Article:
Paradoxical low-flow, low-gradient severe aortic stenosis despite preserved ejection fraction is associated with higher afterload and reduced survival

Zeineb Hachicha, Jean G Dumesnil, Peter Bogaty, Philippe Pibarot
Circulation 2007 June 5, 115 (22): 2856-64

BACKGROUND: Recent studies and current clinical observations suggest that some patients with severe aortic stenosis on the basis of aortic valve area may paradoxically have a relatively low gradient despite the presence of a preserved left ventricular (LV) ejection fraction. The objective of the present study was to document the prevalence, potential mechanisms, and clinical relevance of this phenomenon.

METHODS AND RESULTS: We retrospectively studied the clinical and Doppler echocardiographic data of 512 consecutive patients with severe aortic stenosis (indexed aortic valve area < or = 0.6 cm2 x m(-2)) and preserved LV ejection fraction (> or = 50%). Of these patients, 331 (65%) had normal LV flow output defined as a stroke volume index > 35 mL x m2, and 181 (35%) had paradoxically low-flow output defined as stroke volume index < or = 35 mL x m(-2). When compared with normal flow patients, low-flow patients had a higher prevalence of female gender (P<0.05), a lower transvalvular gradient (32+/-17 versus 40+/-15 mm Hg; P<0.001), a lower LV diastolic volume index (52+/-12 versus 59+/-13 mL x m(-2); P<0.001), lower LV ejection fraction (62+/-8% versus 68+/-7%; P<0.001), a higher level of LV global afterload reflected by a higher valvulo-arterial impedance (5.3+/-1.3 versus 4.1+/-0.7 mm Hg x mL(-1) x m(-2); P<0.001) and a lower overall 3-year survival (76% versus 86%; P=0.006). Only age (hazard ratio, 1.04; 95% CI, 1.01 to 1.08; P=0.025), valvulo-arterial impedance > 5.5 mm Hg x mL(-1) x m(-2) (hazard ratio, 2.6; 95% CI, 1.2 to 5.7; P=0.017), and medical treatment (hazard ratio, 3.3; 95% CI, 1.8 to 6.7; P=0.0003) were independently associated with increased mortality.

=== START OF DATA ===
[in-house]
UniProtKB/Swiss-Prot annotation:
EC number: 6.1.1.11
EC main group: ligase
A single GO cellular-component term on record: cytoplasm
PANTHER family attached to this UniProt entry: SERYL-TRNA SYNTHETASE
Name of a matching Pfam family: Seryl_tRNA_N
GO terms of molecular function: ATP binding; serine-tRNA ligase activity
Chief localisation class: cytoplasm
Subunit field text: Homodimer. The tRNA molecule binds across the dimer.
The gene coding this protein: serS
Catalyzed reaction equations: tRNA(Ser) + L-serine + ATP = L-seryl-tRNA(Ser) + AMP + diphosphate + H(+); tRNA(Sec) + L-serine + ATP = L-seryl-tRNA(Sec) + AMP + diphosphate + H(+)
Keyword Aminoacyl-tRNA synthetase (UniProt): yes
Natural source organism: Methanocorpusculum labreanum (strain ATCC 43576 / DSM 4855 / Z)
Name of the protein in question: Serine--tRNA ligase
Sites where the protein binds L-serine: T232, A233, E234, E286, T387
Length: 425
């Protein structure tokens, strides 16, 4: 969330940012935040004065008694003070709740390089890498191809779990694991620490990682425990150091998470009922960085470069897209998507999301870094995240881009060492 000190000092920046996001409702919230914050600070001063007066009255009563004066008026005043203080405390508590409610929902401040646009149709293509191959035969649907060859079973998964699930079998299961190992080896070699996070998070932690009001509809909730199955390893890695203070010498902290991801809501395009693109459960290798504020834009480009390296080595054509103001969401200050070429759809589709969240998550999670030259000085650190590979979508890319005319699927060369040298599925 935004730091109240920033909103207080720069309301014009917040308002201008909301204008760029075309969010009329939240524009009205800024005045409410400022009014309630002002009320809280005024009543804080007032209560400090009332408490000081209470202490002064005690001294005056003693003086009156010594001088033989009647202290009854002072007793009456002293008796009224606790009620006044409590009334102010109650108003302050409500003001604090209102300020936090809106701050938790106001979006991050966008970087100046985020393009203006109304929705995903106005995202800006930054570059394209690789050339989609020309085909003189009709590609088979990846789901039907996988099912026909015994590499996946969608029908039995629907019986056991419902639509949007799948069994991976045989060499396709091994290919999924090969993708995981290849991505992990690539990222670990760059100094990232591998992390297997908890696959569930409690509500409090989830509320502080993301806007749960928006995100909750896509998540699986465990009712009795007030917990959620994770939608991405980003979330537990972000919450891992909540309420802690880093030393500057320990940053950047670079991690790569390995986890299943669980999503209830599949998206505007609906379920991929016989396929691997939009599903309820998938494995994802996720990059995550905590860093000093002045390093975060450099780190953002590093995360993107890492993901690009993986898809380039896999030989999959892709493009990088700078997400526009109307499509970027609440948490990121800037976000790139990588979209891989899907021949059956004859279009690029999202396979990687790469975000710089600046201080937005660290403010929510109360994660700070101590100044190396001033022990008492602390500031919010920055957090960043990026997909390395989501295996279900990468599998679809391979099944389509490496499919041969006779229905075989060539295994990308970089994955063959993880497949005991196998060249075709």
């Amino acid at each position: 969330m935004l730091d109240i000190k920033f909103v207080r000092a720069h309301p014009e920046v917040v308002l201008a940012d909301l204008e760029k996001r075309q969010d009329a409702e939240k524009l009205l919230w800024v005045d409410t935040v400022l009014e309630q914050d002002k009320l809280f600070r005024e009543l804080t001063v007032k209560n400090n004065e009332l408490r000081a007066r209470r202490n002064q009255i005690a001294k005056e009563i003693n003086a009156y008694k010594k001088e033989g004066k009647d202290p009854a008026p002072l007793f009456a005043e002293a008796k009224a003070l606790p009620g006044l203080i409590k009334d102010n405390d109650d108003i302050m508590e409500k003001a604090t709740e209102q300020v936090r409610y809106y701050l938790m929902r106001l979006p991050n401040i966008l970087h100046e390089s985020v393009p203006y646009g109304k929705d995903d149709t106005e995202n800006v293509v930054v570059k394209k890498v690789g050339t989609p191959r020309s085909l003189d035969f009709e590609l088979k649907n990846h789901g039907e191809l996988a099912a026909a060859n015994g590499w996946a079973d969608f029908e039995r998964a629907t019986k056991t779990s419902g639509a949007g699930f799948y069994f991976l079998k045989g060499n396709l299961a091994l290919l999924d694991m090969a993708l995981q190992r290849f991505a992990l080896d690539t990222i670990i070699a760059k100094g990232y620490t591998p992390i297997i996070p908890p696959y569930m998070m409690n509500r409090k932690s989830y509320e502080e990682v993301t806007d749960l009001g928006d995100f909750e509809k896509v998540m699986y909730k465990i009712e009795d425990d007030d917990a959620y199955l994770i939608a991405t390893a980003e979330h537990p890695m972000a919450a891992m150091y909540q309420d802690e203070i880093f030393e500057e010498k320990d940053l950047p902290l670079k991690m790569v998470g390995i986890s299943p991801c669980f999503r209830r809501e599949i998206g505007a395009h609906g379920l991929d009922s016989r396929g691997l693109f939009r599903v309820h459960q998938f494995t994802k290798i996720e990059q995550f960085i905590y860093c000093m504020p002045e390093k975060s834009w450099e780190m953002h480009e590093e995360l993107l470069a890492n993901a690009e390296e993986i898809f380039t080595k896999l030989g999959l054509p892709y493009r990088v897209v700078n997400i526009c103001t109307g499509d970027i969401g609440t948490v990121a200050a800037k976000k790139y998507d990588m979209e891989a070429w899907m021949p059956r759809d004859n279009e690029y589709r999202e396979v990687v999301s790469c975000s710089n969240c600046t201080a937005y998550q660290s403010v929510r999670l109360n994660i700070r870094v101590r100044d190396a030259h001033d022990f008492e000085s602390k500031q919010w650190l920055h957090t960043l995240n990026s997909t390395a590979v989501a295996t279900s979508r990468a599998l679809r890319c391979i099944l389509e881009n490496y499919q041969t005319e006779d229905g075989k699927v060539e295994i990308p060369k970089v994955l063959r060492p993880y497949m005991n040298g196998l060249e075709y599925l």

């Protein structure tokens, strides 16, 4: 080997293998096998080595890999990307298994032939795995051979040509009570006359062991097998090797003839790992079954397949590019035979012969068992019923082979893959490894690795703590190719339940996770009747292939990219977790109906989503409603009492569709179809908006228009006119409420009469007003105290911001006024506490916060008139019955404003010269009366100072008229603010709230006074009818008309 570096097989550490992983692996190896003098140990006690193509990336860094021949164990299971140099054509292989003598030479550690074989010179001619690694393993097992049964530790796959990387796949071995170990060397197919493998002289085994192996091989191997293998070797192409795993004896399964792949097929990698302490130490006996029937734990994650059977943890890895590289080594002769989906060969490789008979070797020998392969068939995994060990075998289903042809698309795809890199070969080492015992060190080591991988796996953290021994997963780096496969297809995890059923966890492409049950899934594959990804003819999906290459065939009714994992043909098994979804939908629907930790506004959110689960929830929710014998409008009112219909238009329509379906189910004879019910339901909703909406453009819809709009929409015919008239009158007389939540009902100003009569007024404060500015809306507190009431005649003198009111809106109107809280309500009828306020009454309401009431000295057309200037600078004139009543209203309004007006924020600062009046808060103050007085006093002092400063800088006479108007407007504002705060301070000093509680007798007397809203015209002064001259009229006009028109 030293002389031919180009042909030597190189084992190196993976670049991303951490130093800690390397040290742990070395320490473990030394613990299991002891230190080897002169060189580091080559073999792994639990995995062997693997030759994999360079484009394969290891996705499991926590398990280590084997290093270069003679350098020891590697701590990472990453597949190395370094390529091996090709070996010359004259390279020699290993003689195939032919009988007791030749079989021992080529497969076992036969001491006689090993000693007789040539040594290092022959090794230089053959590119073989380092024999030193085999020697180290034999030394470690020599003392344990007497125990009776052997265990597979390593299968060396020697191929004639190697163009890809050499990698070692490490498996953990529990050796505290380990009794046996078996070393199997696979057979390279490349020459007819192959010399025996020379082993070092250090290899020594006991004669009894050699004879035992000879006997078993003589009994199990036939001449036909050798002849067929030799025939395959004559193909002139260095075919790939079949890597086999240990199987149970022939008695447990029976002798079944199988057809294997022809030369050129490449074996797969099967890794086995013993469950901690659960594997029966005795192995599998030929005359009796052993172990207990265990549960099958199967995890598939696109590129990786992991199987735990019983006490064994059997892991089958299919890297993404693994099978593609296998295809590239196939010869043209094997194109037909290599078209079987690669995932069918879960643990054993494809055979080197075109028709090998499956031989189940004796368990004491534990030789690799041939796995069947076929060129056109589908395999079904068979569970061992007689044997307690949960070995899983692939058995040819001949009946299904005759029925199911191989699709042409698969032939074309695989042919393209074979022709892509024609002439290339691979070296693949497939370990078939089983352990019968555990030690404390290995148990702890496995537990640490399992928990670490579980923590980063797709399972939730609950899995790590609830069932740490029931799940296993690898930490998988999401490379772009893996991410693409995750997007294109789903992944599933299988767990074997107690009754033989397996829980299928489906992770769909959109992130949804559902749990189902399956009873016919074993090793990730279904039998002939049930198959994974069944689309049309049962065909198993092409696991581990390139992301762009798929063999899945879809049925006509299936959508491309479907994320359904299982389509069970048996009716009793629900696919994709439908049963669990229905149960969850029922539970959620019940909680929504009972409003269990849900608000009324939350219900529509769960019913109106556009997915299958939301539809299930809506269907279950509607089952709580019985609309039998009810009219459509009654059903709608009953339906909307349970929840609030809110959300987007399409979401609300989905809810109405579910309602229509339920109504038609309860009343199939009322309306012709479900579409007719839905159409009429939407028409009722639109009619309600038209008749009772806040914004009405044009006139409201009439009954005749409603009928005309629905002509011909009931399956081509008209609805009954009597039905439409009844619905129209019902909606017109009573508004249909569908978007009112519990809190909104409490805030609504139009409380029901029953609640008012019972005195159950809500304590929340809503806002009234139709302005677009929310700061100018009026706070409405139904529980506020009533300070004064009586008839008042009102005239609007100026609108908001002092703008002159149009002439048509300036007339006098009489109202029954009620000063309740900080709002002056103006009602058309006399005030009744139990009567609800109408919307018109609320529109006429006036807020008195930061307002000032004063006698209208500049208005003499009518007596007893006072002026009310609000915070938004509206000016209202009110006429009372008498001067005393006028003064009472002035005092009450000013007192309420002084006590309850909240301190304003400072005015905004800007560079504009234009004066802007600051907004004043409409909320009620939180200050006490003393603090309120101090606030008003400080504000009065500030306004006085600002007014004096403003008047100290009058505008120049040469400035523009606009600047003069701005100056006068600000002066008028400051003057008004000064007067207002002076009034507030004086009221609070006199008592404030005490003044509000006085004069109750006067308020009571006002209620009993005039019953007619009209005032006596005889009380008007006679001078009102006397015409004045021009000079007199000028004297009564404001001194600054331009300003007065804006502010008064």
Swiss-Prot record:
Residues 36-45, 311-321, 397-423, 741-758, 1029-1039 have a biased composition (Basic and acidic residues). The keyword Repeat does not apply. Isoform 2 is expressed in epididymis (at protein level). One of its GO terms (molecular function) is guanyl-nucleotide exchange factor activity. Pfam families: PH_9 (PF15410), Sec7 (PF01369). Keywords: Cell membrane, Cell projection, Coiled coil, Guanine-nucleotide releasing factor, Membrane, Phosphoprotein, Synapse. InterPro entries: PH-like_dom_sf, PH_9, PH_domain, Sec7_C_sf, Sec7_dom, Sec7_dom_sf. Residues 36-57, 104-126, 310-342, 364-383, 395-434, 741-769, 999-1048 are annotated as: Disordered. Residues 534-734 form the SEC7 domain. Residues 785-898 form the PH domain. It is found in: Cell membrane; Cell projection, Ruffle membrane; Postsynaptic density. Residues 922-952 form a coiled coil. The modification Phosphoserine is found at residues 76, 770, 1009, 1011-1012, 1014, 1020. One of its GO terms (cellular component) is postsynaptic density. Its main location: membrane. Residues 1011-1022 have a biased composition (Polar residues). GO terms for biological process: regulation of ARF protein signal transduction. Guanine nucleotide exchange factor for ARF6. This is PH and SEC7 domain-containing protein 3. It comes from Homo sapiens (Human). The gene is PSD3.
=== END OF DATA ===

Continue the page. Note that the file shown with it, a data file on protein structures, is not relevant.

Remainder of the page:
CONCLUSION: Patients with severe aortic stenosis may have low transvalvular flow and low gradients despite normal LV ejection fraction. A comprehensive evaluation shows that this pattern is in fact consistent with a more advanced stage of the disease and has a poorer prognosis. Such findings are clinically relevant because this condition may often be misdiagnosed, which leads to a neglect and/or an underestimation of symptoms and an inappropriate delay of aortic valve replacement surgery.

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